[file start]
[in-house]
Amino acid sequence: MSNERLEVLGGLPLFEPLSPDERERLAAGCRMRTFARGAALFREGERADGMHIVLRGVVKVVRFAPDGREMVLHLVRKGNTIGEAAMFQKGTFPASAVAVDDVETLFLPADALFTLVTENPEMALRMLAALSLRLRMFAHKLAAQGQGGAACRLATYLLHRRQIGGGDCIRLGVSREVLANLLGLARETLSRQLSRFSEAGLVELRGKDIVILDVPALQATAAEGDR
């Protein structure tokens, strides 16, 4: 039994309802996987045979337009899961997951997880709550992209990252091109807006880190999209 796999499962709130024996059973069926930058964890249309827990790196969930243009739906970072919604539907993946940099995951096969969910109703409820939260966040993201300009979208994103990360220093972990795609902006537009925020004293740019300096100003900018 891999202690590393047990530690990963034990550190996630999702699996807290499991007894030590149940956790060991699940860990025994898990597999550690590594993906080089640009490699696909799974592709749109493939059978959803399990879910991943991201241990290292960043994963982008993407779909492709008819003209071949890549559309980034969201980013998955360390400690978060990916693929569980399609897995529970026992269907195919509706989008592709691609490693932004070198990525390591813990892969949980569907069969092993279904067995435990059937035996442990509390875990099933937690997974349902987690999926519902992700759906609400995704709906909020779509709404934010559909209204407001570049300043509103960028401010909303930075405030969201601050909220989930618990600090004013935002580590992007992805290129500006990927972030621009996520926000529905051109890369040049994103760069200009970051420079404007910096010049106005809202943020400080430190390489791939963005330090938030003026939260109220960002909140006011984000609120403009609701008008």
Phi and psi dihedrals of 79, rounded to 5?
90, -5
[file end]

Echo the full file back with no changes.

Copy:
[in-house]
Amino acid sequence: MSNERLEVLGGLPLFEPLSPDERERLAAGCRMRTFARGAALFREGERADGMHIVLRGVVKVVRFAPDGREMVLHLVRKGNTIGEAAMFQKGTFPASAVAVDDVETLFLPADALFTLVTENPEMALRMLAALSLRLRMFAHKLAAQGQGGAACRLATYLLHRRQIGGGDCIRLGVSREVLANLLGLARETLSRQLSRFSEAGLVELRGKDIVILDVPALQATAAEGDR
């Protein structure tokens, strides 16, 4: 039994309802996987045979337009899961997951997880709550992209990252091109807006880190999209 796999499962709130024996059973069926930058964890249309827990790196969930243009739906970072919604539907993946940099995951096969969910109703409820939260966040993201300009979208994103990360220093972990795609902006537009925020004293740019300096100003900018 891999202690590393047990530690990963034990550190996630999702699996807290499991007894030590149940956790060991699940860990025994898990597999550690590594993906080089640009490699696909799974592709749109493939059978959803399990879910991943991201241990290292960043994963982008993407779909492709008819003209071949890549559309980034969201980013998955360390400690978060990916693929569980399609897995529970026992269907195919509706989008592709691609490693932004070198990525390591813990892969949980569907069969092993279904067995435990059937035996442990509390875990099933937690997974349902987690999926519902992700759906609400995704709906909020779509709404934010559909209204407001570049300043509103960028401010909303930075405030969201601050909220989930618990600090004013935002580590992007992805290129500006990927972030621009996520926000529905051109890369040049994103760069200009970051420079404007910096010049106005809202943020400080430190390489791939963005330090938030003026939260109220960002909140006011984000609120403009609701008008």
Phi and psi dihedrals of 79, rounded to 5?
90, -5